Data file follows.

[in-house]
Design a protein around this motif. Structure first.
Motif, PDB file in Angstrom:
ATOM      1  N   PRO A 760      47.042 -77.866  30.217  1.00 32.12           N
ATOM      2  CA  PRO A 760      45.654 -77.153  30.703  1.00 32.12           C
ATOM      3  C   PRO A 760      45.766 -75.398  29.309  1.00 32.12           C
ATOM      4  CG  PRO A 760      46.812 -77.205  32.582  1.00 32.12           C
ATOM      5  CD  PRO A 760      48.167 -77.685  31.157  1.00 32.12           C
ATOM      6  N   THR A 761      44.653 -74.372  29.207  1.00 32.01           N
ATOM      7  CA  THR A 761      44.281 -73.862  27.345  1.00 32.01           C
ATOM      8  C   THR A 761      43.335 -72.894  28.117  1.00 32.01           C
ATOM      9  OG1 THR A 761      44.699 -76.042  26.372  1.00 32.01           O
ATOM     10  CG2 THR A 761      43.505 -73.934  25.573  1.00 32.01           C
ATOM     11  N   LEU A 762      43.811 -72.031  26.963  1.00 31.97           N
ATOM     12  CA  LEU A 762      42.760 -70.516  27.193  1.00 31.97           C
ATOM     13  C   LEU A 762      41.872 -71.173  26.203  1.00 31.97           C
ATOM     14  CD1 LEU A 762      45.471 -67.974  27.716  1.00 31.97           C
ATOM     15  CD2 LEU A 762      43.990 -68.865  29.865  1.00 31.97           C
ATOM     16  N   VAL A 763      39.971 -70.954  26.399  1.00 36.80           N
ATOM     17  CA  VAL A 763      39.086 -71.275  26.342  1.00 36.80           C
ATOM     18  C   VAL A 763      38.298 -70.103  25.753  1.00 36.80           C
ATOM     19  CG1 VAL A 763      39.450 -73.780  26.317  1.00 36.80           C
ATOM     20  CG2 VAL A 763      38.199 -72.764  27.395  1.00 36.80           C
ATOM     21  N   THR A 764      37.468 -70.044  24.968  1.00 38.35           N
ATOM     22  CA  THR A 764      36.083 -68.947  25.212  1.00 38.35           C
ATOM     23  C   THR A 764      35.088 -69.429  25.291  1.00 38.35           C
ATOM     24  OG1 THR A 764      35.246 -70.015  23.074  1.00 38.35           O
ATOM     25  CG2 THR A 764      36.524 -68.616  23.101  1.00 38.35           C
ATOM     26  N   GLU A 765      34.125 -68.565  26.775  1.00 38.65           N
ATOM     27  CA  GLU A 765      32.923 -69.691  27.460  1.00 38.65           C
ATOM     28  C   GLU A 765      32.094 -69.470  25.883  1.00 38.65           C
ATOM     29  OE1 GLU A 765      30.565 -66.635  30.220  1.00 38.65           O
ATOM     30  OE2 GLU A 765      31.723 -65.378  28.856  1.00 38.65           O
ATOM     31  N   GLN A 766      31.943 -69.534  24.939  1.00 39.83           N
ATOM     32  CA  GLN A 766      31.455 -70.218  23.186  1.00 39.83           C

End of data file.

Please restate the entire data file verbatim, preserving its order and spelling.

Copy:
[in-house]
Design a protein around this motif. Structure first.
Motif, PDB file in Angstrom:
ATOM      1  N   PRO A 760      47.042 -77.866  30.217  1.00 32.12           N
ATOM      2  CA  PRO A 760      45.654 -77.153  30.703  1.00 32.12           C
ATOM      3  C   PRO A 760      45.766 -75.398  29.309  1.00 32.12           C
ATOM      4  CG  PRO A 760      46.812 -77.205  32.582  1.00 32.12           C
ATOM      5  CD  PRO A 760      48.167 -77.685  31.157  1.00 32.12           C
ATOM      6  N   THR A 761      44.653 -74.372  29.207  1.00 32.01           N
ATOM      7  CA  THR A 761      44.281 -73.862  27.345  1.00 32.01           C
ATOM      8  C   THR A 761      43.335 -72.894  28.117  1.00 32.01           C
ATOM      9  OG1 THR A 761      44.699 -76.042  26.372  1.00 32.01           O
ATOM     10  CG2 THR A 761      43.505 -73.934  25.573  1.00 32.01           C
ATOM     11  N   LEU A 762      43.811 -72.031  26.963  1.00 31.97           N
ATOM     12  CA  LEU A 762      42.760 -70.516  27.193  1.00 31.97           C
ATOM     13  C   LEU A 762      41.872 -71.173  26.203  1.00 31.97           C
ATOM     14  CD1 LEU A 762      45.471 -67.974  27.716  1.00 31.97           C
ATOM     15  CD2 LEU A 762      43.990 -68.865  29.865  1.00 31.97           C
ATOM     16  N   VAL A 763      39.971 -70.954  26.399  1.00 36.80           N
ATOM     17  CA  VAL A 763      39.086 -71.275  26.342  1.00 36.80           C
ATOM     18  C   VAL A 763      38.298 -70.103  25.753  1.00 36.80           C
ATOM     19  CG1 VAL A 763      39.450 -73.780  26.317  1.00 36.80           C
ATOM     20  CG2 VAL A 763      38.199 -72.764  27.395  1.00 36.80           C
ATOM     21  N   THR A 764      37.468 -70.044  24.968  1.00 38.35           N
ATOM     22  CA  THR A 764      36.083 -68.947  25.212  1.00 38.35           C
ATOM     23  C   THR A 764      35.088 -69.429  25.291  1.00 38.35           C
ATOM     24  OG1 THR A 764      35.246 -70.015  23.074  1.00 38.35           O
ATOM     25  CG2 THR A 764      36.524 -68.616  23.101  1.00 38.35           C
ATOM     26  N   GLU A 765      34.125 -68.565  26.775  1.00 38.65           N
ATOM     27  CA  GLU A 765      32.923 -69.691  27.460  1.00 38.65           C
ATOM     28  C   GLU A 765      32.094 -69.470  25.883  1.00 38.65           C
ATOM     29  OE1 GLU A 765      30.565 -66.635  30.220  1.00 38.65           O
ATOM     30  OE2 GLU A 765      31.723 -65.378  28.856  1.00 38.65           O
ATOM     31  N   GLN A 766      31.943 -69.534  24.939  1.00 39.83           N
ATOM     32  CA  GLN A 766      31.455 -70.218  23.186  1.00 39.83           C